I am doing a practice question from Midterm Dynamic Programming
The Problem : Consider a row of n numbers a1, ..., an. The numbers are all positive, and n is even. We play a game against an opponent, alternating turns. In each turn, a player selects either the first or last number, removes it from the row, and collects that much money.
For example, if the numbers are 1,2,3,4 , a possible game may look like:
- Player A takes 4: row is 1,2,3.
- Player B takes 3: row is 1,2.
- Player A takes 1: row is 2.
- Player B takes 2, game over.
Both players ended with a total amount of 5. Note that A could have done better.
(2 pts) Show an example where the greedy algorithm fails to achieve the highest possible amount of money.
The solution to this problem Greedy Sol used a solution list of number of [1,2,10,3]. However I would argue using the greedy algorithm, " In each turn, a player selects either the first or last" would work here to achieve the highest amount of money. Here is how I would work out the greedy algorithm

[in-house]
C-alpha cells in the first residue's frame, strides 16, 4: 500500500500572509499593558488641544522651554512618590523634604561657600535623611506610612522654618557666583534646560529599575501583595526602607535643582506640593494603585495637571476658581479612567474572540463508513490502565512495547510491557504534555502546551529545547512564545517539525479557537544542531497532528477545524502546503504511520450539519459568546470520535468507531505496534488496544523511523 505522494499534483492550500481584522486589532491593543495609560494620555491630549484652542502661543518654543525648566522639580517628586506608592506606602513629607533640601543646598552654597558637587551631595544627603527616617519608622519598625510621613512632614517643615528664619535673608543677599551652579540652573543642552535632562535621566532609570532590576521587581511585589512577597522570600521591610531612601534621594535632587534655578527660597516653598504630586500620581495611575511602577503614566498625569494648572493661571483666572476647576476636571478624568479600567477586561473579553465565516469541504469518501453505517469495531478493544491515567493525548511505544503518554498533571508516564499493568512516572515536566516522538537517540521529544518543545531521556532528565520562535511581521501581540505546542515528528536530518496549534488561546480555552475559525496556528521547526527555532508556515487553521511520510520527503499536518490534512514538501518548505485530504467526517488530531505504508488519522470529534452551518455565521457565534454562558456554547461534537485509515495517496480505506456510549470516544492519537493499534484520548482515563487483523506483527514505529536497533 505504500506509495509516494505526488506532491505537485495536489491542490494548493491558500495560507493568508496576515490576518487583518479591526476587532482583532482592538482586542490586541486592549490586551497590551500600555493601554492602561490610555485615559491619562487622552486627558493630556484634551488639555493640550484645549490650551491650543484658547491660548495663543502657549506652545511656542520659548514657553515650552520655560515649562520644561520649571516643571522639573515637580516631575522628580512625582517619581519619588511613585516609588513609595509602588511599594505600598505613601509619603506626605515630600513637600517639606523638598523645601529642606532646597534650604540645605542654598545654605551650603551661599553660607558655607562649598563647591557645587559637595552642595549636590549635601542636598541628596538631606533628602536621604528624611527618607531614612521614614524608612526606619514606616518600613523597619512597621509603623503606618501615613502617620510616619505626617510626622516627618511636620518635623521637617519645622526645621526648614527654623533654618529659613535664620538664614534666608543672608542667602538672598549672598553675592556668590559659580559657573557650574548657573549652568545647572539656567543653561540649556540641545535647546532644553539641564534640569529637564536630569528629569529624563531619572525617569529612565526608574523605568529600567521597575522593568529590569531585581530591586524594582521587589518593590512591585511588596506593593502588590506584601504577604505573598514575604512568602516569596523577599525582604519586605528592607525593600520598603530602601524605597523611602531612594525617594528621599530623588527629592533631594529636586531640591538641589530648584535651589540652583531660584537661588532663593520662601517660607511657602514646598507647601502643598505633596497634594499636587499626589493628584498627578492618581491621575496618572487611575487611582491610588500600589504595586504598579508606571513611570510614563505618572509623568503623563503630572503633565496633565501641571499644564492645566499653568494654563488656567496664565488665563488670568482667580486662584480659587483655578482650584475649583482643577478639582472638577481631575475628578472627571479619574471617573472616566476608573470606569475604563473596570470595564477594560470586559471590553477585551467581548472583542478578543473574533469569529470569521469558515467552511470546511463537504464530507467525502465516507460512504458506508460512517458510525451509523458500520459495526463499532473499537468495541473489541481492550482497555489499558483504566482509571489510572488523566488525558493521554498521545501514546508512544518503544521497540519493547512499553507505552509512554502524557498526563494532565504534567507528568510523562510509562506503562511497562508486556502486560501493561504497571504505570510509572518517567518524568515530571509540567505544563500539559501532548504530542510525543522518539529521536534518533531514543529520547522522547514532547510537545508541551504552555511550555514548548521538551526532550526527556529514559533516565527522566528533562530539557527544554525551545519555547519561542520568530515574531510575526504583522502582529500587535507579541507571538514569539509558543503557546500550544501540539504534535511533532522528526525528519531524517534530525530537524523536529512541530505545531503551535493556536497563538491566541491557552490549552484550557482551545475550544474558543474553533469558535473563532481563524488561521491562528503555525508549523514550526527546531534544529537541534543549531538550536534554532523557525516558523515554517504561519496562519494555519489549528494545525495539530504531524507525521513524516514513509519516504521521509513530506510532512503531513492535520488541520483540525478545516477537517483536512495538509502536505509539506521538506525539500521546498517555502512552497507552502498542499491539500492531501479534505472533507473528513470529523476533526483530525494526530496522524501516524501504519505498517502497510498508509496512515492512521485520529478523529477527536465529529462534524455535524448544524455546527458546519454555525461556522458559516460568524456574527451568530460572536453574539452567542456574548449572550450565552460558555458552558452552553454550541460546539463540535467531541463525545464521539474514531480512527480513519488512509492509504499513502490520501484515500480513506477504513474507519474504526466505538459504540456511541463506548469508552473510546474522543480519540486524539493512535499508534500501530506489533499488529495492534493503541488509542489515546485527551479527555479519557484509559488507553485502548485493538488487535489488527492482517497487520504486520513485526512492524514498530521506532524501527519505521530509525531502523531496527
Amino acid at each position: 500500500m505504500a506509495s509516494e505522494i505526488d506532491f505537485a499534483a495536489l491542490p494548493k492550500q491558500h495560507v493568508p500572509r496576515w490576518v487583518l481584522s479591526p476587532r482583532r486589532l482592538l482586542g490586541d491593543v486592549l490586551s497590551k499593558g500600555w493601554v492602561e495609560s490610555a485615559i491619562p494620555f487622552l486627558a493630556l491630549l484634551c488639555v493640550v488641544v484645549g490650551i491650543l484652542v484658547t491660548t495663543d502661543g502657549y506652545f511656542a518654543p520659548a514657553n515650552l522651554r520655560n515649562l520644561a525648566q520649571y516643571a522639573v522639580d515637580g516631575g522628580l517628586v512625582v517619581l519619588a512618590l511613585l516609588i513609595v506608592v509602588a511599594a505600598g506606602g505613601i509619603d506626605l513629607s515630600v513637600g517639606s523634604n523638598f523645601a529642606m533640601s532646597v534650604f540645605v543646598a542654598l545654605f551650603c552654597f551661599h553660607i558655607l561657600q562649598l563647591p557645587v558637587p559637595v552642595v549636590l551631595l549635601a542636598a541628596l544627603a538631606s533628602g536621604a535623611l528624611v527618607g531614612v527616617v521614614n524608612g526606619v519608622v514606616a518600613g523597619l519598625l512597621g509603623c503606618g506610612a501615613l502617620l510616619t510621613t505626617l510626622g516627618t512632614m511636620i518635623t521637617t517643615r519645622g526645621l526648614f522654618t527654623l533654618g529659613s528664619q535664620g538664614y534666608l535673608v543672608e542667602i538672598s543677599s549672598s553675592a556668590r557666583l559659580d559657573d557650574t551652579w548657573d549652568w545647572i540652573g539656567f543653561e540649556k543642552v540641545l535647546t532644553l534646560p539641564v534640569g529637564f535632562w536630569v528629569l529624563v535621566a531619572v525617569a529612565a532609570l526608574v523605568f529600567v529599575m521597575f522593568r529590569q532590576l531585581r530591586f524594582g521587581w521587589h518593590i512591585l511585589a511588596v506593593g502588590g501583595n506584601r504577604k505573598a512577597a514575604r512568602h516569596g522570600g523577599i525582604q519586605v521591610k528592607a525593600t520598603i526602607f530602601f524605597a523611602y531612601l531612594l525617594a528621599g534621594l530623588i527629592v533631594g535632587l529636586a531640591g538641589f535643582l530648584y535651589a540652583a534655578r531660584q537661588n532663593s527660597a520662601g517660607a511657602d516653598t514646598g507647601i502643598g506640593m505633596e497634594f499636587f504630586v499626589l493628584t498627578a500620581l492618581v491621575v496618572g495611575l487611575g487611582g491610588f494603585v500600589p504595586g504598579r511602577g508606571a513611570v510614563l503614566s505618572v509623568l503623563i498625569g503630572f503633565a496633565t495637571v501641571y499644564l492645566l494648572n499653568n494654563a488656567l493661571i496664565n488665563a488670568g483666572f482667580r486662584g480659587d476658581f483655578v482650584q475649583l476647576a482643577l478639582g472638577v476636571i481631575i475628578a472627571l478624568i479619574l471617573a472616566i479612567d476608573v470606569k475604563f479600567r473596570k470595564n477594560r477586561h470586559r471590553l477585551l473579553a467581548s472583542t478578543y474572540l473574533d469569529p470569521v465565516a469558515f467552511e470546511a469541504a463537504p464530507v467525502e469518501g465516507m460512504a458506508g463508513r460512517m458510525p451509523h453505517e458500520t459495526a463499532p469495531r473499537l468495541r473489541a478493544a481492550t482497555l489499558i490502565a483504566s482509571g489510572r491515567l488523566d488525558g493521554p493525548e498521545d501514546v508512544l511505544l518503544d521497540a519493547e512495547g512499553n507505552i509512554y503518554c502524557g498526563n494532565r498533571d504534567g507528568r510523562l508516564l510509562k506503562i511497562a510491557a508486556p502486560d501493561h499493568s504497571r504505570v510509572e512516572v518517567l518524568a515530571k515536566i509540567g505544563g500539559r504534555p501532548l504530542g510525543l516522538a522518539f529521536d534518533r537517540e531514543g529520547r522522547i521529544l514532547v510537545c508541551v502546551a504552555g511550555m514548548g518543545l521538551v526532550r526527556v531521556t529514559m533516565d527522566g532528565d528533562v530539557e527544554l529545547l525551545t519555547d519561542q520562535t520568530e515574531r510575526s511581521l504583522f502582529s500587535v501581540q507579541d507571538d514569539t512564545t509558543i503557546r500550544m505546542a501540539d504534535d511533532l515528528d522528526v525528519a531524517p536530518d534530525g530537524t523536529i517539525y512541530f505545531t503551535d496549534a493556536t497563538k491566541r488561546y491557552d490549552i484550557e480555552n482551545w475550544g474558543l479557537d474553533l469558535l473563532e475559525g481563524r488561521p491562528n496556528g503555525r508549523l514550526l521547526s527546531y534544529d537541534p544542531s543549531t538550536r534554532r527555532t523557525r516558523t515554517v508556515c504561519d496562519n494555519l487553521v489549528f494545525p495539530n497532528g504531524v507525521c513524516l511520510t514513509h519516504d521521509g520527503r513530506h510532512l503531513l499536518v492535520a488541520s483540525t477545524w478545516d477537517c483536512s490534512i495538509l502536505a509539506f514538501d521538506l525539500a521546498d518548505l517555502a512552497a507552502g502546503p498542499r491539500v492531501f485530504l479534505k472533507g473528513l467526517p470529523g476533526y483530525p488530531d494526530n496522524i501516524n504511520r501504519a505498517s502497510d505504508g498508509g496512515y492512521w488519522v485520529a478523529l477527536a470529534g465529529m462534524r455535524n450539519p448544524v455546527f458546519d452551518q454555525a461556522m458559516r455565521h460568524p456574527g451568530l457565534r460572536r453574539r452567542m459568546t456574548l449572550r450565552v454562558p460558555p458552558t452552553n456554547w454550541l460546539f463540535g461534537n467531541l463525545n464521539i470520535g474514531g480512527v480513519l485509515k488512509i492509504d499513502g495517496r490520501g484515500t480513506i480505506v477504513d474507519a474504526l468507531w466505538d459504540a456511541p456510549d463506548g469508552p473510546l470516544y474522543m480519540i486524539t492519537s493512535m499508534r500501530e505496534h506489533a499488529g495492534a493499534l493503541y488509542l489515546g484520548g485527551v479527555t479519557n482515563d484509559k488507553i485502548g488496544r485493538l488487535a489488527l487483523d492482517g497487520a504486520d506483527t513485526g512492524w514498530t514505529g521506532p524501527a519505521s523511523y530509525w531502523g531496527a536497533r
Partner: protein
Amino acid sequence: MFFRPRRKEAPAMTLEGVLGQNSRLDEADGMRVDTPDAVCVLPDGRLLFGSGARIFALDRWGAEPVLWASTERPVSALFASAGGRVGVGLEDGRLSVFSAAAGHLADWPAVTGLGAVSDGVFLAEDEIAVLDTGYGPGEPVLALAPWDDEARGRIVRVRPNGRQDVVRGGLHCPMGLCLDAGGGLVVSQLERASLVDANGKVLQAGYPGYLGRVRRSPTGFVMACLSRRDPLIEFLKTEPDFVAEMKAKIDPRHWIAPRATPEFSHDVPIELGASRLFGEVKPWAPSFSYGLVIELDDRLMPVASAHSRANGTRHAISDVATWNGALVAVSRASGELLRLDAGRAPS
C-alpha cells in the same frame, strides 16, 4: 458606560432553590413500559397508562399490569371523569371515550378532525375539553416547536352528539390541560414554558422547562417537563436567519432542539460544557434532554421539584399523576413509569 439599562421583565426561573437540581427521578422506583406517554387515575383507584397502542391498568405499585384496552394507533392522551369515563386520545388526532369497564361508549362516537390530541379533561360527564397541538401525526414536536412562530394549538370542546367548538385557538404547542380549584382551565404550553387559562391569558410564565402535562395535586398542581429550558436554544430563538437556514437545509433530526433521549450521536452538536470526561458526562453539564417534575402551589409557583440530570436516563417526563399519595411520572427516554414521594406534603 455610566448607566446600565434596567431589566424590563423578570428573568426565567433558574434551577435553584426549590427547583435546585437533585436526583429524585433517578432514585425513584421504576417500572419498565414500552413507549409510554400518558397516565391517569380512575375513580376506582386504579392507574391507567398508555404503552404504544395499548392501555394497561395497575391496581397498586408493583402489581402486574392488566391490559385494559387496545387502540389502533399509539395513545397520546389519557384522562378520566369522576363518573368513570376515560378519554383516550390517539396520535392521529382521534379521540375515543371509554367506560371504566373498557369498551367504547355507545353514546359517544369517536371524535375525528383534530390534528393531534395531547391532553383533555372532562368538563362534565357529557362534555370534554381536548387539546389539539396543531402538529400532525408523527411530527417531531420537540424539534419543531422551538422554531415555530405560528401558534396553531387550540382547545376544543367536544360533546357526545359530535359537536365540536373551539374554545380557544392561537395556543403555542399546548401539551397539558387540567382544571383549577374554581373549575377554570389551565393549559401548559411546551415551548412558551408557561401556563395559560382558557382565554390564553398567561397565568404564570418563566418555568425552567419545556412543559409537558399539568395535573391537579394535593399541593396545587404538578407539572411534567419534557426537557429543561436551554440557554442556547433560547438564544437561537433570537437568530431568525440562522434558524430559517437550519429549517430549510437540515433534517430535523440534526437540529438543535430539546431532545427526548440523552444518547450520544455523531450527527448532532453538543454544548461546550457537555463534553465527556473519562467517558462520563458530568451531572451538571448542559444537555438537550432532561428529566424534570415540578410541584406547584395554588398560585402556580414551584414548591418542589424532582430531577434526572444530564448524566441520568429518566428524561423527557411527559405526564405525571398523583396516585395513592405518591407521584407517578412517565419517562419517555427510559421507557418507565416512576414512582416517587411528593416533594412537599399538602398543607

- Player A takes 1: row is 2, 10, 3.
- Player B takes 3: row is 2, 10.
- Player A takes 2: row is 10.
- Player B takes 10, game over.
And Player B has achieved the highest possible amount of money, 13.
Does everyone agree with my walkthrough and that the solution is wrong?
The solution I came up was 2, 8, 7, 6, 4. The idea I had here was that the highest amount of money could only be achieved by the player picking first(3 numbers).
For the player who picks first to achieve the highest possible amount of money. he or she would have to pick 8, 7, and 6. However with this greedy algorithm, that player in the first move either has to choose 2 or 4, meaning the highest possible amount of money is not achievable.(bc player 1 was the only player that could achieve the highest amount of money)